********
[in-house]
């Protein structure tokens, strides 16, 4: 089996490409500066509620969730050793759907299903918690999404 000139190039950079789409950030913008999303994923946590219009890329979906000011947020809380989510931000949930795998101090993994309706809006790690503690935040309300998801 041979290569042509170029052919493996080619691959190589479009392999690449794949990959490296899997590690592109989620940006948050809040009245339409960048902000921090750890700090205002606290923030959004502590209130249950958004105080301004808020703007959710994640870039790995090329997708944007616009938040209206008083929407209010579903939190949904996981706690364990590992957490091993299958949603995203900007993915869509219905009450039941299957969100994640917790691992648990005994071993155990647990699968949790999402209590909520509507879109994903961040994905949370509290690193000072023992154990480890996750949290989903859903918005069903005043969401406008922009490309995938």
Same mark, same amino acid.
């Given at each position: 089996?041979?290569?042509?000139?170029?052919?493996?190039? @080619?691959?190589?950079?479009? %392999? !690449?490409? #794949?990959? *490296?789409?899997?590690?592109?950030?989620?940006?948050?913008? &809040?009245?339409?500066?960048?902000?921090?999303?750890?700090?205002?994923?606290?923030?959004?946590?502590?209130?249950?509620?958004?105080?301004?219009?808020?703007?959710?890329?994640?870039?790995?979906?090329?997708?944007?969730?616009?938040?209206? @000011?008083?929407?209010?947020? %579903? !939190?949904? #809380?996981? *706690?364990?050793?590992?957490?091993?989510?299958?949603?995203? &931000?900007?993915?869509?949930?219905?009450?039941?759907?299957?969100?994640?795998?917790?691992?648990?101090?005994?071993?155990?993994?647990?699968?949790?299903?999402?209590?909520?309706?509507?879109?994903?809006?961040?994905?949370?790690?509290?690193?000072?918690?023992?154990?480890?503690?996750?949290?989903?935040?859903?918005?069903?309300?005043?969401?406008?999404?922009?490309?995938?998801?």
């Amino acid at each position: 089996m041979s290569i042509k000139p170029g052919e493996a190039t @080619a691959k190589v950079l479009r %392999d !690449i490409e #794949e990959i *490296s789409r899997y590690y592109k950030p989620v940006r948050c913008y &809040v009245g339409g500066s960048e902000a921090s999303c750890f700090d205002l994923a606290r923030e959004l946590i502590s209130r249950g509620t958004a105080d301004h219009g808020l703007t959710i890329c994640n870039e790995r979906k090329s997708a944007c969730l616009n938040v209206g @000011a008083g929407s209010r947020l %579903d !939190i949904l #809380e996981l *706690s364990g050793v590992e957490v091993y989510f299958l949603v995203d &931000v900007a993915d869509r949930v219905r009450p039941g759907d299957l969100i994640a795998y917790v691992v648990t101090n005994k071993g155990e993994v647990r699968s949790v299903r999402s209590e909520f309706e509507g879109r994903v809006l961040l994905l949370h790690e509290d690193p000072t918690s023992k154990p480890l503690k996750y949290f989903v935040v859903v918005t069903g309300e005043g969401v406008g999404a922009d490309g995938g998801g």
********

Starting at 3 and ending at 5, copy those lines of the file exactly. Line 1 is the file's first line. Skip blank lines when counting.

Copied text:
Same mark, same amino acid.
């Given at each position: 089996?041979?290569?042509?000139?170029?052919?493996?190039? @080619?691959?190589?950079?479009? %392999? !690449?490409? #794949?990959? *490296?789409?899997?590690?592109?950030?989620?940006?948050?913008? &809040?009245?339409?500066?960048?902000?921090?999303?750890?700090?205002?994923?606290?923030?959004?946590?502590?209130?249950?509620?958004?105080?301004?219009?808020?703007?959710?890329?994640?870039?790995?979906?090329?997708?944007?969730?616009?938040?209206? @000011?008083?929407?209010?947020? %579903? !939190?949904? #809380?996981? *706690?364990?050793?590992?957490?091993?989510?299958?949603?995203? &931000?900007?993915?869509?949930?219905?009450?039941?759907?299957?969100?994640?795998?917790?691992?648990?101090?005994?071993?155990?993994?647990?699968?949790?299903?999402?209590?909520?309706?509507?879109?994903?809006?961040?994905?949370?790690?509290?690193?000072?918690?023992?154990?480890?503690?996750?949290?989903?935040?859903?918005?069903?309300?005043?969401?406008?999404?922009?490309?995938?998801?």
């Amino acid at each position: 089996m041979s290569i042509k000139p170029g052919e493996a190039t @080619a691959k190589v950079l479009r %392999d !690449i490409e #794949e990959i *490296s789409r899997y590690y592109k950030p989620v940006r948050c913008y &809040v009245g339409g500066s960048e902000a921090s999303c750890f700090d205002l994923a606290r923030e959004l946590i502590s209130r249950g509620t958004a105080d301004h219009g808020l703007t959710i890329c994640n870039e790995r979906k090329s997708a944007c969730l616009n938040v209206g @000011a008083g929407s209010r947020l %579903d !939190i949904l #809380e996981l *706690s364990g050793v590992e957490v091993y989510f299958l949603v995203d &931000v900007a993915d869509r949930v219905r009450p039941g759907d299957l969100i994640a795998y917790v691992v648990t101090n005994k071993g155990e993994v647990r699968s949790v299903r999402s209590e909520f309706e509507g879109r994903v809006l961040l994905l949370h790690e509290d690193p000072t918690s023992k154990p480890l503690k996750y949290f989903v935040v859903v918005t069903g309300e005043g969401v406008g999404a922009d490309g995938g998801g």